She's also committed the store to be a staging ground for town hall-type events, in which hot topics are discussed—even at the risk of angering customers. A few years back, Christopher Hitchens browbeat a young seminarian at a packed event that was held down the street at the Unitarian Universalist Fellowship. Topics concerning Israel-Palestine issues are a minefield, as she's discovered, but it's another issue she's not shied from.
"Raleigh is a very mixed place," Olson says. "We learned that real fast!"
McIntyre's Books is a singularly cozy shop, impeccably designed and congenial for diving into the desert island reading list. A conversation with Keebe Fitch, the owner, and Pete Mock, the store's buyer, reveals how intertwined our community of booksellers is. The store is located in Fearrington Village, an upscale mixed-use community that was developed on a historic dairy farm in 1973 by Fitch's parents.
When her father wanted the shops to include a quality bookstore, Fitch stepped in. As a college bookworm at UNC-Chapel Hill, where she majored in history, Fitch enjoyed catching the likes of Kurt Vonnegut and John Irving when they appeared on campus. But she needed to learn the retail book trade, an education she acquired from Erica Eisdorfer at Bulls Head Bookshop.
When Mock came aboard 16 years ago as the store's buyer, Fitch acquired someone with a deep knowledge of local literary tastes—derived in part from years he spent with the now-defunct Intimate Bookshop. She also got someone who reads upward of 200 books a year. And that's not counting the ones he doesn't finish.
"Of those 200 books, I can really only recommend about 10 percent," he says. "But those 10 percent, I can sell," he says with an emphatic smile.
Mock's influence carries over to the display shelves, where title after title features a hand-written review attached to it—written by him or another staff member. He remembers customers' names and recommends books. And he's not afraid to cut against passing fads, as Fitch notes.
"For example, during that whole Stieg Larsson kick, a customer might have come in looking for The Girl Who Kicked the Hornet's Nest," Fitch says. "And I'll say, 'Well, we have it, but Pete says you should be reading Jo Nesbø.'"
"I don't pay attention to bestseller lists," Mock says. "We're smart and we're honest."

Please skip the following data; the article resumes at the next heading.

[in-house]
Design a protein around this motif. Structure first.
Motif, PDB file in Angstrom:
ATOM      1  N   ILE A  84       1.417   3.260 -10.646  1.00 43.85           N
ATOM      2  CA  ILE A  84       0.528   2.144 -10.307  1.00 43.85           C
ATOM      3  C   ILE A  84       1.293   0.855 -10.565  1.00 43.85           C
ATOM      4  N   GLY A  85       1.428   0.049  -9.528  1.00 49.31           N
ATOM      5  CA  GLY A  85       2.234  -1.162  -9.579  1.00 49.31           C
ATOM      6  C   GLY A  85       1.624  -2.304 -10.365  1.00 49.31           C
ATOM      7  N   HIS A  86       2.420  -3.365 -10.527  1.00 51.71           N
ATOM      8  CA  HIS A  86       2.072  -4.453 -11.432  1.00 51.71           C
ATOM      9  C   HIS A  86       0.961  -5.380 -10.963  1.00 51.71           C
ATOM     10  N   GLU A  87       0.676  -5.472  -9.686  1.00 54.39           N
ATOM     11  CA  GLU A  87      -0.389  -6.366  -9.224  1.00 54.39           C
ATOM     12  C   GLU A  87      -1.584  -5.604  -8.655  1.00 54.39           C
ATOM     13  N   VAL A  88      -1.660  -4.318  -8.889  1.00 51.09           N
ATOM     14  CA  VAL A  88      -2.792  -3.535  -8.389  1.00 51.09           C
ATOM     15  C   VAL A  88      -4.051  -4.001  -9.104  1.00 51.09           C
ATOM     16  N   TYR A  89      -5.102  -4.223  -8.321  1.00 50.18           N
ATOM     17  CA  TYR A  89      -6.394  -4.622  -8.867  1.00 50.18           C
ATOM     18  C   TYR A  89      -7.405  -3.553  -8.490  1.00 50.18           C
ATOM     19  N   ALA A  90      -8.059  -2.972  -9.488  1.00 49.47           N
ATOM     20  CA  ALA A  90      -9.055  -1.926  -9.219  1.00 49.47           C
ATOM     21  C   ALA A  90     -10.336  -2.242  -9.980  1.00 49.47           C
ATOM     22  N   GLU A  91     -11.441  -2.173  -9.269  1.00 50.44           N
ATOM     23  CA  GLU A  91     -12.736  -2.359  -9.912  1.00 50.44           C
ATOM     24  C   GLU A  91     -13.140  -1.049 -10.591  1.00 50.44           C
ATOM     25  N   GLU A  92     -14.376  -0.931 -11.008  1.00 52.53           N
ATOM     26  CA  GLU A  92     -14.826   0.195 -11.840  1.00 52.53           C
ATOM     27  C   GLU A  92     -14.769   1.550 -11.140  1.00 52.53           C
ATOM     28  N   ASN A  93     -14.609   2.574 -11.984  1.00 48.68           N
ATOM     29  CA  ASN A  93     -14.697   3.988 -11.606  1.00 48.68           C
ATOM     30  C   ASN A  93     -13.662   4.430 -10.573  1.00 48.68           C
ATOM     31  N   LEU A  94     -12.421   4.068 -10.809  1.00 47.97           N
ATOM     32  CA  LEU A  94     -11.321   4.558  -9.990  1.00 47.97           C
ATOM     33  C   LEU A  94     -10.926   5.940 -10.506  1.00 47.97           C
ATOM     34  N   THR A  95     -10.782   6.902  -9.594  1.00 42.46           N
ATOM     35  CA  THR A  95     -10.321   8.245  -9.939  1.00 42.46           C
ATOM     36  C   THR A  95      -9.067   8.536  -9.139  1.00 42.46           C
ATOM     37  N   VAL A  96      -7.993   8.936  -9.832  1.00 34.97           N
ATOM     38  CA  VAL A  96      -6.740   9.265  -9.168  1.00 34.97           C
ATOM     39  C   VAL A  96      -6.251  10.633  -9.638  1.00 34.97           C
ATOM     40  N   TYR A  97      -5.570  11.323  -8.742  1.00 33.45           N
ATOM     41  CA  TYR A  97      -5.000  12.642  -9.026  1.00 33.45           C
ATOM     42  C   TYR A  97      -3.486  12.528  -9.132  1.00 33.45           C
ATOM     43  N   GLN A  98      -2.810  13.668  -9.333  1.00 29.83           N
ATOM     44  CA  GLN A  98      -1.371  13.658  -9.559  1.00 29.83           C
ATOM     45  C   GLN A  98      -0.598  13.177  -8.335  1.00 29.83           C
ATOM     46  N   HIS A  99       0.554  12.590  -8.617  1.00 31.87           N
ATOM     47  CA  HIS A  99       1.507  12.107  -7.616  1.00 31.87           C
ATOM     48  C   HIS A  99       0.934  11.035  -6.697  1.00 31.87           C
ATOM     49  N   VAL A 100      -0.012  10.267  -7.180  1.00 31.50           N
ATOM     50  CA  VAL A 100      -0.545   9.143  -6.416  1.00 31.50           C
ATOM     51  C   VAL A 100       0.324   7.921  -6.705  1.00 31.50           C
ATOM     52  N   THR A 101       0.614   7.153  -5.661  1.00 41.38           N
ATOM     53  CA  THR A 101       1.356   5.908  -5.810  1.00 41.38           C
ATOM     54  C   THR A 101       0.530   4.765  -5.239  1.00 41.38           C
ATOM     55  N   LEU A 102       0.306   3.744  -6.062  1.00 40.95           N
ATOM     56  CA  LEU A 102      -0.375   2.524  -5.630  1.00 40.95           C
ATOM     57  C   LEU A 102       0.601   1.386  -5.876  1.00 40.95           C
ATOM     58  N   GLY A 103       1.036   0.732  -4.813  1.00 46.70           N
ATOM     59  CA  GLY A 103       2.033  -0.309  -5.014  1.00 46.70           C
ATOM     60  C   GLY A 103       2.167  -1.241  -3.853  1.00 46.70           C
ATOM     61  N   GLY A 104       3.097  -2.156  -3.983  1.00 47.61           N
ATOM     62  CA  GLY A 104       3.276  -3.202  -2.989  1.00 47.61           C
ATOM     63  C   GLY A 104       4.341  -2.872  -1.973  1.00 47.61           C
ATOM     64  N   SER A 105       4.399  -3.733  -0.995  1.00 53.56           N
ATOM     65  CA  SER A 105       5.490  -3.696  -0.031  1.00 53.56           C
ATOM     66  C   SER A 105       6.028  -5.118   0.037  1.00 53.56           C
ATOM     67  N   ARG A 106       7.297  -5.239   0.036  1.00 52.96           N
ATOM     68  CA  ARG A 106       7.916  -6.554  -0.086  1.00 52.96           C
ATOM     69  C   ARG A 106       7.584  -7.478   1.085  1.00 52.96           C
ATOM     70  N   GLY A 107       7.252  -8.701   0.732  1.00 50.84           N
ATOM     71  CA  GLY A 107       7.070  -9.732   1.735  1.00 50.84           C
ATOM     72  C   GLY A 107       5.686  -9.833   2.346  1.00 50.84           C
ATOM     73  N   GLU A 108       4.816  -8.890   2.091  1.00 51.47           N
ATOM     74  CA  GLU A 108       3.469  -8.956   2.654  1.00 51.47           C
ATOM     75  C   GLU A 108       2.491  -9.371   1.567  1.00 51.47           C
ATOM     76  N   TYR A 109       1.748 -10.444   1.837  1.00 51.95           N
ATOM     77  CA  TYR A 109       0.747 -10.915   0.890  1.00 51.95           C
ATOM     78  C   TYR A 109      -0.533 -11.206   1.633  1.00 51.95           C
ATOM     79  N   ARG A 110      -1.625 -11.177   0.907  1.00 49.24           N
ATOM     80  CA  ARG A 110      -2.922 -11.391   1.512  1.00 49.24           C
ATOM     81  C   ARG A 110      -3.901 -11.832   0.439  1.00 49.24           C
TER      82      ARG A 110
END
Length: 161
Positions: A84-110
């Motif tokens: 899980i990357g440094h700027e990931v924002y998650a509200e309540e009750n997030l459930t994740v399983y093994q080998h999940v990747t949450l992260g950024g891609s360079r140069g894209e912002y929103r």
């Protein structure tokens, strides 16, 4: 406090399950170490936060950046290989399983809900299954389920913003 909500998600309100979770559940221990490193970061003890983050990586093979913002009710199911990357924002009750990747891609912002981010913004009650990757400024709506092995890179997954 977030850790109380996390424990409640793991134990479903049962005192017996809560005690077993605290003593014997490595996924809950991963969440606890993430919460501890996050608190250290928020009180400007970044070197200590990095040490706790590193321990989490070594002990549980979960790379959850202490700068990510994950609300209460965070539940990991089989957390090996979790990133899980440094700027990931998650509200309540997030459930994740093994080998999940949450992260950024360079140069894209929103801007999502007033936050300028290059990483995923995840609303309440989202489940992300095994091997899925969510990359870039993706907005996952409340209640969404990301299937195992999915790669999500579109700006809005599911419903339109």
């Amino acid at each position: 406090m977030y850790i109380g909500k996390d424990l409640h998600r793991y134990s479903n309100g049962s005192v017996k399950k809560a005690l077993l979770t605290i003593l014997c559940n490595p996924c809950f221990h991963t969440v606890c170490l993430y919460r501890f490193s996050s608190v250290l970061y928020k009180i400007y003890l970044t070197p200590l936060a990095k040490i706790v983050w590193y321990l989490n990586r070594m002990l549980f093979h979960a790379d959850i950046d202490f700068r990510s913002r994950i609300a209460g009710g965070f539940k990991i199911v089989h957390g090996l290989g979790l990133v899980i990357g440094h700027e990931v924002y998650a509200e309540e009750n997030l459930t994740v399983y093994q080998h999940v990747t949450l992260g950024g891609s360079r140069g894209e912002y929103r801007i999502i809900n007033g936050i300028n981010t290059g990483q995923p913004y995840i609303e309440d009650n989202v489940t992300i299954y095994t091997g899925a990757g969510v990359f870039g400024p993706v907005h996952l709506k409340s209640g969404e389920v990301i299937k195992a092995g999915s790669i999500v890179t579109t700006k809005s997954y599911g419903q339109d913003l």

She and Mock express less overt concern for staying on top of the e-reading trend, but they're not oblivious to it. Like Olson of Quail Ridge, Fitch reports a significant uptick of sales this year. She exchanged theories about the sales trends with Olson, who wondered if the demise of the area's Borders bookstores could be a factor. Fitch, however, doubts that the closing of a chain store located between Durham and Chapel Hill could have affected her sales much.
This might lend support to the idea that McIntyre's thrives because of its attention to the needs and tastes of its customers: people who like to read good books.
Several years ago, Chapel Hill developer Ron Strom was looking to bring a bookstore back to Chapel Hill, to be situated in his shopping complex on Martin Luther King Jr. Boulevard. He called around the established indie stores to inquire if any wanted to open a satellite store. When he called McIntyre's, one of Keebe Fitch's staff members, Jamie Fiocco, took the call.
"Ron piqued my interest," Fiocco acknowledges. And before long, she and McIntyre's co-workers Land Arnold and Sarah Carr were in business together. Fiocco serves as general manager, while Arnold is the storefront manager and Carr is the children's manager.
Three years on, Flyleaf Books is flourishing, particularly making a name for itself supporting local poets and musicians. Yep Roc holds album-release parties there—two weeks ago, 130 people packed into the store's dedicated performance space to hear Chatham County Line. The Sacrificial Poets, a collective of young spoken-word artists, hold monthly shows in the store. Local writers pay frequent visits, and even non-local ones, like John Grisham, drop in whenever they're in town. Last spring, one of Chapel Hill's up-and-coming writers, Rosecrans Baldwin, launched his most recent book there.
"Jamie, Land and Sarah really care about their events," Baldwin says. "They know their community, and the audience is always terrific."
But opening a store—and not just any store, but a bookstore—in 2009 was not an easy undertaking. In some ways, the timing was perfect, because of the renewed interest in supporting local businesses. "We kind of came in on the upswing of the local food movement, which had kind of become the local-everything movement," Arnold says. He also points out that nationally in 2009, more bookstores opened than closed.
Readers in Chapel Hill are glad that they have an indie bookstore again.
"I'm in Flyleaf every two weeks," says Baldwin, "if only because they tell me what I'll enjoy reading next. And they're (almost) always right."